American agriculture has become an industrial food system of sorts, dependent on long-distance shipping, chemicals, marketing, and big machinery, says Kocis. Nearly every state in the U.S., for instance, imports 85 to 90 percent of its food, with most produce traveling an average of 1,300 miles from the farm to the market shelf, according to the University of Massachusetts Cooperative Extension. This ability to have just about any fruit or vegetable any time of the year has led to a dramatic shift in eating habits: Rather than eating what’s ripe locally, consumers have come to expect tomatoes, grapes, and cantaloupe every month of the year. “The result is a lot of tasteless, cardboard produce,” says Kocis. “But beyond that, it’s an economic issue. If more states could produce more of their own food, they would strengthen their economies.”

CSAs, Kocis and others say, are a solution. While 20,000 small farms go bankrupt in the United States each year, CSA farms have increased from fewer than 60 in 1990 to more than 1,500 today. Even in urban America, the movement is gaining momentum, with 6,000 members in the five boroughs that make up New York City. “CSAs are growing because, for one, they make it possible for farmers to make a living,” Kocis says. And what about members? For a $300 to $600 investment, depending on the farm and amount of food a family needs, subscribers get a load of fresh, chemical-free vegetables—and sometimes fruit—each week. “When I take the kids to school in the morning and we drive by the farm, we check out what’s going on and what crops are coming in,” says Nancy Stahl, a teacher’s aide and member since Charlestown Cooperative Farm opened. “I think it’s wonderful for the kids to grow up seeing a farm and seeing where their food is coming from. I don’t plan my meals ahead of time—we just eat what comes in. It’s much more interesting than going to the store and always picking up waxy red peppers and bananas.”

Charlestown Cooperative Farm is divided by a long, unpaved driveway that splits two fields with earth the color of coffee beans. Tidy rows are planted in flowering strawberry plants, Chinese cabbages, rainbow chard, peas trailing up twine trellises, and dozens of other usual and unusual vegetables, herbs, and flowers. On pick-up days—Tuesdays and Thursdays—a steady stream of members come and go. There are mothers with young children who play in the farm sandbox, swing on the swings that hang from the aged hickory trees, and hunt for ripe strawberries and cherry tomatoes. Elderly couples come, scanning the fields as if they’re seeing an old friend. Professionals arrive late in the day, wobbling up the gravel driveway in dress-clothes and shiny shoes and walking gingerly through the sometimes-muddy U-Pick gardens to gather flowers and herbs. The residents of this wealthy, largely Republican township have roundly embraced the farm, with membership doubling each season—and a waiting list of 75 hopefuls. “You can see that people feel good about being here, about supporting a local farm,” Kocis says. “The members enjoy the quiet and the beauty. They can sit at a picnic table and watch the grass blow. No one is rushing. People smile and are friendly.”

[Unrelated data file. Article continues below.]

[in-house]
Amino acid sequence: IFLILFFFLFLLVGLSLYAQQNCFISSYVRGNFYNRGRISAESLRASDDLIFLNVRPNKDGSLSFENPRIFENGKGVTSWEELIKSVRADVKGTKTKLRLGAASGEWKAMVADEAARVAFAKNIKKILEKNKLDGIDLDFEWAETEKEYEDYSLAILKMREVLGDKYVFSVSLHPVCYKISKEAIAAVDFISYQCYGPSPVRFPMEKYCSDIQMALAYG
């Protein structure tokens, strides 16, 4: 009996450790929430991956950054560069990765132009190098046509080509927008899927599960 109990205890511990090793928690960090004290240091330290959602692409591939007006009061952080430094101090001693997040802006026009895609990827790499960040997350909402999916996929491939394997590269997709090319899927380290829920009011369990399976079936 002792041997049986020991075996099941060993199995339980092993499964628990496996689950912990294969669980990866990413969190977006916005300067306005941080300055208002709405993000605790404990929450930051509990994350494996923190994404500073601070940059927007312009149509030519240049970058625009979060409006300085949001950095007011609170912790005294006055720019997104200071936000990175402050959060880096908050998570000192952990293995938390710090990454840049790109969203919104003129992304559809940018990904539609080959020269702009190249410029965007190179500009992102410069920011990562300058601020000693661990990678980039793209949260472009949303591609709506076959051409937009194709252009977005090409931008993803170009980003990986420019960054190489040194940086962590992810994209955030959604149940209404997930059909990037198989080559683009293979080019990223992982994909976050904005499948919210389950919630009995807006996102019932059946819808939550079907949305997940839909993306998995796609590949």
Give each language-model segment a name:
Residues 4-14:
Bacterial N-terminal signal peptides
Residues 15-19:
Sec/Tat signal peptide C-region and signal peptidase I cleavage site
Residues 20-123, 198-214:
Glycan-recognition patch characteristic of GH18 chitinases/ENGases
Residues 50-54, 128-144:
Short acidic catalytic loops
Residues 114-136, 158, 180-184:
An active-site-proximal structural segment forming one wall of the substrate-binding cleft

Kocis and Good have also built a lively place, hosting potluck suppers, cooking demonstrations, farm tours, a harvest dinner and square dance, and a food festival—“Think Globally, Act Locally”—that brought chefs from several Philadelphia restaurants to prepare vegetable dishes for members to taste, with recipes to take home. On Saturdays, the couple heads to a farmer’s market they helped create in Phoenixville, Pennsylvania, a nearby former steel town, where they sell vegetables, herbs, and flowers. The pair works six days a week, assisted only by two apprentices and members who choose to volunteer. By Sunday, Kocis admits, she and Good are bone tired. And farming, even without the middleman, is no way to get rich, Kocis concedes. “We do this because we believe in it. But it is hard,” she says. “That’s the simple truth.”

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2004 The Pennsylvania Gazette
Last modified 08/27/04

FEATURE: Growing Movement
By Nancy Moffitt
Photography by Sabina Louise Pierce

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Kocis first thought of becoming a farmer while volunteering to work on an organic farm with her friend—and now fiancé—John Good.